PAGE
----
Instead, I found myself cycling through the housing of a five-year plan, with rows of Soviet-era apartment buildings and casinos scattered along the shore, and an esplanade in concrete where the only “emergency” rations on sale were ice cream.
A worker’s paradise
In my handlebar bag I had carried my bathing suit, hoping to find a beach to swim in, but found myself walking down a large industrial wharf along which sailboats and tankers were moored.
It wouldn’t have mattered anyway, as the mudslides had turned the waters of the Black Sea into something resembling the Ganges as it flowed through Allahabad.
I had also thought that Vladimir Putin’s $1.4 billion summer dacha was near Yalta, but it turned out that his hundred-room Italianate palace (about the size and l shard of the NBA) was built on 17 square kilometers near Novorossiysk in the seaside town of Gelendzhik.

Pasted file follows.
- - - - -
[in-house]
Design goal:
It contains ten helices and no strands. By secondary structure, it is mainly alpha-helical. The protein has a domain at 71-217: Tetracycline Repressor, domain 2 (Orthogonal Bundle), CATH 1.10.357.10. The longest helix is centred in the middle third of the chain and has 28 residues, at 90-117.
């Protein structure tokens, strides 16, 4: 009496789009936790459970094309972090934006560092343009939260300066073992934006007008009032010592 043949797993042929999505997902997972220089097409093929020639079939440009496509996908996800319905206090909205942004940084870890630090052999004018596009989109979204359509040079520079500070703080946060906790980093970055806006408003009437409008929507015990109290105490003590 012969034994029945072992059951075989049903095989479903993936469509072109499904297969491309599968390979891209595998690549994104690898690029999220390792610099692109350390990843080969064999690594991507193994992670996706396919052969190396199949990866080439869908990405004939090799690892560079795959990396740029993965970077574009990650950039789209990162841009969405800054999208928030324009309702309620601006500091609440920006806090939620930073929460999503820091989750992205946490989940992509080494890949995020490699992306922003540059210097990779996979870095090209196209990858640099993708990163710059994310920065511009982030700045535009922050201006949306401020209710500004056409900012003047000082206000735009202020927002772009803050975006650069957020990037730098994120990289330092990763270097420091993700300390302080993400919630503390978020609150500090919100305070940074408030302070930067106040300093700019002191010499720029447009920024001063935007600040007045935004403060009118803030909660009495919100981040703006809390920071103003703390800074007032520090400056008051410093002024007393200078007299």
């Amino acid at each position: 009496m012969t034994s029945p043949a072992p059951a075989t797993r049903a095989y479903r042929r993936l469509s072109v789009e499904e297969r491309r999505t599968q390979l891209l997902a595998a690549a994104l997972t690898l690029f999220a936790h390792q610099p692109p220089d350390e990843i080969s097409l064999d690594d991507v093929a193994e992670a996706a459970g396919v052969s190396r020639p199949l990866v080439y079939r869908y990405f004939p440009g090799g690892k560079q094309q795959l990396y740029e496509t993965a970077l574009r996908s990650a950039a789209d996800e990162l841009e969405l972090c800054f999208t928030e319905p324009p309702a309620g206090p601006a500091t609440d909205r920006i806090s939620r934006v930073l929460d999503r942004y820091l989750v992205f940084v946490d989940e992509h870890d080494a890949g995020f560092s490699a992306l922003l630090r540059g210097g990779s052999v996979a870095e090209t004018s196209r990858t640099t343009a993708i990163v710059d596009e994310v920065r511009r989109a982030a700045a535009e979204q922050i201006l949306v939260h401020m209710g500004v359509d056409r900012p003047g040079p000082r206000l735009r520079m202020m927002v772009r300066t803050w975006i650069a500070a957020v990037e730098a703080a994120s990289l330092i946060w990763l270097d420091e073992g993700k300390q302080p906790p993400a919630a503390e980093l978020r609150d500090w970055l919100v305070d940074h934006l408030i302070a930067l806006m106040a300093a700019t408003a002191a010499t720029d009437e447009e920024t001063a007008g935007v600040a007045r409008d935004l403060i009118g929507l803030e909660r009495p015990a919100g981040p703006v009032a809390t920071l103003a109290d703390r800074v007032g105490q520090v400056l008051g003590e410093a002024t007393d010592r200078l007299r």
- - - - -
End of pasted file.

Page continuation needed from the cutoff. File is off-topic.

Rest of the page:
A report states, “Floor plans reveal staggering opulence, including a casino, theater, swimming pool and hookah lounge with a pole dancing stage.” So clearly more than a wet bar and a kegerator for his spy friends.
The Three Great Ghosts at Livadia Palace
Livadia Palace is only a few miles south of the utopian paradise of Yalta, but as I assessed the situation – in which the army was distributing water from trucks parked in downtown Yalta and the police had blocked off a number of streets – I decided my best chance of getting there would be by taxi or bus. Otherwise I would be going up and down a number of daunting hills, into what I was sure would be dead ends.
Buses, however, were not running due to storms, and although I saw a few taxis, they were unresponsive to a tourist standing next to a folded bicycle, waving his arms in the muddy street.
In the end, I said to myself that I had no choice but to ride. I started what looked like a mountain, made worse by the summer humidity and now a scorching sun that had broken through the clouds.